A&P, a grocer that has been doing business in the U.S. for more than 155 years, may be on the brink of bankruptcy, some are predicting. Last month, attempts to sell the company via auction were not met with any viable offers.

Now, with only 400 locations open throughout the U.S., some expect that the stores will be sold piecemeal and that a bankruptcy filing may come any day. If it does, this would be the second bankruptcy filing for the company within a five-year period.

Despite the speculation, however, A&P has not confirmed its intentions, telling Bloomberg that, “No decision has been made regarding a particular outcome, and it would be inaccurate and irresponsible to suggest otherwise.”

Changing Consumer Needs May Be Central to A&P’s Downfall

Once prominent U.S. Grocer A&P may be on the verge of bankruptcy, some say. Our Denver bankruptcy attorney explores some of the facts behind this speculation.

Once prominent U.S. Grocer A&P may be on the verge of bankruptcy, some say. Our Denver bankruptcy attorney explores some of the facts behind this speculation.

While time will tell what A&P’s next move is, one thing seems certain at this point – A&P has not been able to evolve with the changing consumer needs. In fact, when A&P was at its most popular in the U.S. (at which point it reportedly had more than 15,000 locations), consumers would shop at one grocer for all of their needs.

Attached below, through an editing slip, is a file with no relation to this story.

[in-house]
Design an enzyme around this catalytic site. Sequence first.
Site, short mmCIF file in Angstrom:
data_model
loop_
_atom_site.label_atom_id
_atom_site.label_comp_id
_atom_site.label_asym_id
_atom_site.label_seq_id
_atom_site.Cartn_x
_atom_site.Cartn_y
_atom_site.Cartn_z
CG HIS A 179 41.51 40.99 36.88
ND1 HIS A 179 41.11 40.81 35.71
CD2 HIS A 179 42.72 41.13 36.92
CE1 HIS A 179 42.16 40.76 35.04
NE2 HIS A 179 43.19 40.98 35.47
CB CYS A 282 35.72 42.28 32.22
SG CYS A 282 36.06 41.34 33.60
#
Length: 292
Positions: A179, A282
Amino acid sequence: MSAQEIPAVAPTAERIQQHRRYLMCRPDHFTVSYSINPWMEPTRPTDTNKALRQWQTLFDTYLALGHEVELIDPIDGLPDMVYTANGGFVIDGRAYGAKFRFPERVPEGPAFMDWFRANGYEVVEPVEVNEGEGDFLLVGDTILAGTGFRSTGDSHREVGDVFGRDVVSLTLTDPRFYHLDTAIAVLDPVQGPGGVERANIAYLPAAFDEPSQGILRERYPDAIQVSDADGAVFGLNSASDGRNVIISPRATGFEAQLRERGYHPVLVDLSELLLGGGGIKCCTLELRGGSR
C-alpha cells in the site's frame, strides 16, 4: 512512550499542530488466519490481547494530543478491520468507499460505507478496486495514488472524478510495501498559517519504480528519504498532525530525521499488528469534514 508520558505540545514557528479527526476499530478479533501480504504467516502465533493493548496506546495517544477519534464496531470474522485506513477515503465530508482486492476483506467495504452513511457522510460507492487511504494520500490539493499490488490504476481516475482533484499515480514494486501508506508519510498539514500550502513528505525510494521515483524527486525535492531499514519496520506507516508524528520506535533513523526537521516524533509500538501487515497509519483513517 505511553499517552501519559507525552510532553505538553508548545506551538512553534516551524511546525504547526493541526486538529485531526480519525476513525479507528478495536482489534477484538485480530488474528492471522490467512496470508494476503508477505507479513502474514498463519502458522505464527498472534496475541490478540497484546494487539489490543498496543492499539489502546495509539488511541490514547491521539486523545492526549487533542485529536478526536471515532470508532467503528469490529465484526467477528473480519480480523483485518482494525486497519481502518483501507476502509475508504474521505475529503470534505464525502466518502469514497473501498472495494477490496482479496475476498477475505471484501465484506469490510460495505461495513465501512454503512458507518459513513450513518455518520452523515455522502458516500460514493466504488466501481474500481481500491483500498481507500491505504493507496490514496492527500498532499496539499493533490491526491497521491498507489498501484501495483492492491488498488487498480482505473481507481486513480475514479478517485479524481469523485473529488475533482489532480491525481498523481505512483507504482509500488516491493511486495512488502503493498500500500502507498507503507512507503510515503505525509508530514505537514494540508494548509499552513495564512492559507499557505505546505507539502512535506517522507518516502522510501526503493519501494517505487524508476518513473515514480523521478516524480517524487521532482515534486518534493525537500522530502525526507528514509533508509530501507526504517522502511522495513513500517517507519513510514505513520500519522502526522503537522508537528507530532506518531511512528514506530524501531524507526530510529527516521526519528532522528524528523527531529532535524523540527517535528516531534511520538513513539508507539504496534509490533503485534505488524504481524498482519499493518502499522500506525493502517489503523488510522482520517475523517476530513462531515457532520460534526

Decades later, however, people are far more apt to shop at various retailers for grocery needs, meaning that, even if they are shopping at A&P stores, they are buying far less than they once did (according to the 2013 American Pantry report). Specifically, researchers have found that the average household shops at a minimum of five stores to fulfill its grocery needs.

Additional factors that some have pointed out as being central to the decline of A&P have included (but are not limited to):

  • The increased demand for organic foods
  • The increased competition from drug stores and club warehouse stores (where people also commonly shop to fulfill their grocery needs)
  • The rise of e-commerce (which some expect to become fierce competition for grocery dollars, particularly with major online retailers – like Amazon – expanding into this realm).
  • A growing preference to shop at smaller storefronts.

Have you ever shopped at an A&P? Do you agree that its business model no longer fits consumers’ needs and preferences? What do you think about the speculations that A&P is on the verge of filing for bankruptcy? Share your thoughts, opinions and comments with us on Facebook & Google+.

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